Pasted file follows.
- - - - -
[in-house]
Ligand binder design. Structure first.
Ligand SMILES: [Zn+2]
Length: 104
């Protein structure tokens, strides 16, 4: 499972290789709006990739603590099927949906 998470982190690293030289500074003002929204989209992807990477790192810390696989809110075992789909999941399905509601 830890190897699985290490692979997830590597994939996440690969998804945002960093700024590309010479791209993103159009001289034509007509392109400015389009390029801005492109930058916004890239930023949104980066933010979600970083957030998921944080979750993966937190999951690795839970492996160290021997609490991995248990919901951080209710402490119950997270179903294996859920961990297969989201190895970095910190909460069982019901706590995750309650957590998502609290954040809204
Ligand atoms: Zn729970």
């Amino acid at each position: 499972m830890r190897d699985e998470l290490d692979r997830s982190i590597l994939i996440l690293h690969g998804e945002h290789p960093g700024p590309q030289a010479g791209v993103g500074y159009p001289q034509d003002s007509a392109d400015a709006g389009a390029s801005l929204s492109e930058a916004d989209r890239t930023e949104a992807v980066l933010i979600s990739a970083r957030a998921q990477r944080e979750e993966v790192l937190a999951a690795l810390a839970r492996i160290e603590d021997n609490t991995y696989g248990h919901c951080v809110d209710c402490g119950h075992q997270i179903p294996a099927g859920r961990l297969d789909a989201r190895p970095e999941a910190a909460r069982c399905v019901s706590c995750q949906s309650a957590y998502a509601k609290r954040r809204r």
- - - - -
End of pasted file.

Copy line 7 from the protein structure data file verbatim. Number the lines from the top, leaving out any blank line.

């Amino acid at each position: 499972m830890r190897d699985e998470l290490d692979r997830s982190i590597l994939i996440l690293h690969g998804e945002h290789p960093g700024p590309q030289a010479g791209v993103g500074y159009p001289q034509d003002s007509a392109d400015a709006g389009a390029s801005l929204s492109e930058a916004d989209r890239t930023e949104a992807v980066l933010i979600s990739a970083r957030a998921q990477r944080e979750e993966v790192l937190a999951a690795l810390a839970r492996i160290e603590d021997n609490t991995y696989g248990h919901c951080v809110d209710c402490g119950h075992q997270i179903p294996a099927g859920r961990l297969d789909a989201r190895p970095e999941a910190a909460r069982c399905v019901s706590c995750q949906s309650a957590y998502a509601k609290r954040r809204r």